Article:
Marillion - Misplaced Childhood album box set review

Childhood memories from Marillion

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Given its intrinsic importance of to music itself, one could deduce that timing is of far less consequence to the record companies. This is because this quite excellent repackaging of Marillion’s most successful and famous album arrives unlinked to anything approaching any sort of anniversary. When Prog spoke to the label two years ago, when we were doing a 30th Anniversary of Misplaced Childhood cover, to see if they had any plans, the answer was no. Yet here, in its 32nd year, we get the reappraisal. Still, prog always has been about odd timings…

For Marillion though, Misplaced Childhood really is all about timing. After a bright, punchy debut album and a slightly stuttering follow-up, their backs were ever so slightly up against the wall to come up with sellable goods to appease their EMI paymasters. Probably just as well, then, as revealed in Prog writer Dave Everley’s excellent liner notes in the accompanying booklet, that they didn’t tell EMI they’d decided on a concept album at that point…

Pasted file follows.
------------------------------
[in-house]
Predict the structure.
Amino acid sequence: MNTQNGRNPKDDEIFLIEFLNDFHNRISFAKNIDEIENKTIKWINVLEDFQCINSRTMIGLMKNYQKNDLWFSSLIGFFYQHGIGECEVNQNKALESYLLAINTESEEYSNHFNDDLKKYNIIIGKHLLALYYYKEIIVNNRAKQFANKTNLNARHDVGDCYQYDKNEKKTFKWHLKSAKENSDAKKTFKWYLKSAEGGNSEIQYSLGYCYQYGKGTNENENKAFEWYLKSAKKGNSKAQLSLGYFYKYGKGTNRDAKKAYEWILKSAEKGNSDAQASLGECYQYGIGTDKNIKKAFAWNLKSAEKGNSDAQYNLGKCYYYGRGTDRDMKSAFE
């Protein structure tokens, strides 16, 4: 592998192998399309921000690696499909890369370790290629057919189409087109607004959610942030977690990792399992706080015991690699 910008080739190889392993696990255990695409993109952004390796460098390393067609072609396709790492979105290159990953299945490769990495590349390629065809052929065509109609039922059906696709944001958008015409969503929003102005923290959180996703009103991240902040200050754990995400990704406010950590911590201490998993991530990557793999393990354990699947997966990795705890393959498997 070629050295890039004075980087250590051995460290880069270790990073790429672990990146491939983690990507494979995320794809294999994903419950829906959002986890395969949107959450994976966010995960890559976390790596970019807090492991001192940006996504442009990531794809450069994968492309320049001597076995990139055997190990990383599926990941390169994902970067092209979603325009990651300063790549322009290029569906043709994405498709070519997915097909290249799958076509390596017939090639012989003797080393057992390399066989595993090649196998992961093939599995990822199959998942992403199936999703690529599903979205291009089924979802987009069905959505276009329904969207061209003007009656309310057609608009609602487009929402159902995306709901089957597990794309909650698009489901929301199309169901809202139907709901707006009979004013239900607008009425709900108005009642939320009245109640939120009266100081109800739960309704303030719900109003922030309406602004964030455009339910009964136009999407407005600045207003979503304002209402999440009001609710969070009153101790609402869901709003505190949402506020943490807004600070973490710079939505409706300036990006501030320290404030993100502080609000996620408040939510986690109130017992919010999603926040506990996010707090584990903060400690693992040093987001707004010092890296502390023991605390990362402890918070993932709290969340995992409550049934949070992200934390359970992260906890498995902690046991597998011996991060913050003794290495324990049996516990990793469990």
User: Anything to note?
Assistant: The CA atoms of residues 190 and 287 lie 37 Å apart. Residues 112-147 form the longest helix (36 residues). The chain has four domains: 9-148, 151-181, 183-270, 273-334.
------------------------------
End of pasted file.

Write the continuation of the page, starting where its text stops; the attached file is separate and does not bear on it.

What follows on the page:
Musically, Marillion hit pay dirt with Misplaced Childhood. The one-two punch of Kayleigh and Lavender as massive hit singles and the fact that it is not a musically or conceptually overbearing album make its success more understandable. For overbearing, you look to follow-up Clutching At Straws - a fact which also possibly explains why that album is often cited as preferable by the band’s intense fan base.

But of course, we know the history and the music. What you really want to know, even above what else is on the five CD/Blu-rays or four vinyl albums, is how do Steven Wilson’s new mixes hold up? They sound great to these ears. As both a fan and an endearingly faithful remixer, Wilson’s 5.1 sounds crisp, precise and, as one might expect, fuller of sound. It merely enhances the listening experience, without bringing anything new (and therefore unwanted) to the table.

What else is there? The B-Sides (Lady Nina also gets a Wilson remix) and demos (many of which appeared on the 1998 reissue) and an unreleased 1985 Utrecht gig (well, Chelsea Monday was the B-Side of Heart Of Lothian). The CD set has the promo videos and an excellent documentary on the making of the album. And the vinyl set features a replica tour programme. So take your pick. Or buy both…

At the end of the day, the enduring appeal of Misplaced Childhood, and of Marillion’s entire catalogue, is that they have always written great songs. Enjoying them in 2017 is akin to enjoying them all over again for the very first time. An utter delight.